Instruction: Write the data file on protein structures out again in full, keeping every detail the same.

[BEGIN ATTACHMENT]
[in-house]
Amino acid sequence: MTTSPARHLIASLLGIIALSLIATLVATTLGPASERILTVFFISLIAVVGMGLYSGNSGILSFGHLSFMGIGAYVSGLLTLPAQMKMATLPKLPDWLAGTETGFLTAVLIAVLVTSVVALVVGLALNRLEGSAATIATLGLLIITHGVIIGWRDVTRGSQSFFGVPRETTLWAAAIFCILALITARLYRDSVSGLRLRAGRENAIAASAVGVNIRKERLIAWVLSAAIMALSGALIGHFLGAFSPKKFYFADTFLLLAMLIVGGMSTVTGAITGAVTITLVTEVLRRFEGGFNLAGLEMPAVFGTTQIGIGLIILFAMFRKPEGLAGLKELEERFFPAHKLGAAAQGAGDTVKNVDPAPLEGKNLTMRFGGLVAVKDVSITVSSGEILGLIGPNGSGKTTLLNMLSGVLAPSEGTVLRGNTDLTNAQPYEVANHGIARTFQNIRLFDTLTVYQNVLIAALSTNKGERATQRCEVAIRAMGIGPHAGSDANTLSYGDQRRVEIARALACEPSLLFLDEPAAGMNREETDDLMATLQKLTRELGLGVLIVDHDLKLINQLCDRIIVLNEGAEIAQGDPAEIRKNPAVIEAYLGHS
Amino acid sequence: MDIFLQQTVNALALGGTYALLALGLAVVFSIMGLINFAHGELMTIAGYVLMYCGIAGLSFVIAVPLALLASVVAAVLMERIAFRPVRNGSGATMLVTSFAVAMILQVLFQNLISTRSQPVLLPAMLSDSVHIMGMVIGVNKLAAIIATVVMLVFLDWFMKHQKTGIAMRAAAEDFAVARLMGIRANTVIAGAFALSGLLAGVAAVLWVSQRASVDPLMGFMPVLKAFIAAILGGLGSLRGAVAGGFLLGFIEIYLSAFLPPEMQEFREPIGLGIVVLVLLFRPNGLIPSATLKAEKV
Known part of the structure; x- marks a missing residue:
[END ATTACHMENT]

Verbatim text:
[in-house]
Amino acid sequence: MTTSPARHLIASLLGIIALSLIATLVATTLGPASERILTVFFISLIAVVGMGLYSGNSGILSFGHLSFMGIGAYVSGLLTLPAQMKMATLPKLPDWLAGTETGFLTAVLIAVLVTSVVALVVGLALNRLEGSAATIATLGLLIITHGVIIGWRDVTRGSQSFFGVPRETTLWAAAIFCILALITARLYRDSVSGLRLRAGRENAIAASAVGVNIRKERLIAWVLSAAIMALSGALIGHFLGAFSPKKFYFADTFLLLAMLIVGGMSTVTGAITGAVTITLVTEVLRRFEGGFNLAGLEMPAVFGTTQIGIGLIILFAMFRKPEGLAGLKELEERFFPAHKLGAAAQGAGDTVKNVDPAPLEGKNLTMRFGGLVAVKDVSITVSSGEILGLIGPNGSGKTTLLNMLSGVLAPSEGTVLRGNTDLTNAQPYEVANHGIARTFQNIRLFDTLTVYQNVLIAALSTNKGERATQRCEVAIRAMGIGPHAGSDANTLSYGDQRRVEIARALACEPSLLFLDEPAAGMNREETDDLMATLQKLTRELGLGVLIVDHDLKLINQLCDRIIVLNEGAEIAQGDPAEIRKNPAVIEAYLGHS
Amino acid sequence: MDIFLQQTVNALALGGTYALLALGLAVVFSIMGLINFAHGELMTIAGYVLMYCGIAGLSFVIAVPLALLASVVAAVLMERIAFRPVRNGSGATMLVTSFAVAMILQVLFQNLISTRSQPVLLPAMLSDSVHIMGMVIGVNKLAAIIATVVMLVFLDWFMKHQKTGIAMRAAAEDFAVARLMGIRANTVIAGAFALSGLLAGVAAVLWVSQRASVDPLMGFMPVLKAFIAAILGGLGSLRGAVAGGFLLGFIEIYLSAFLPPEMQEFREPIGLGIVVLVLLFRPNGLIPSATLKAEKV
Known part of the structure; x- marks a missing residue: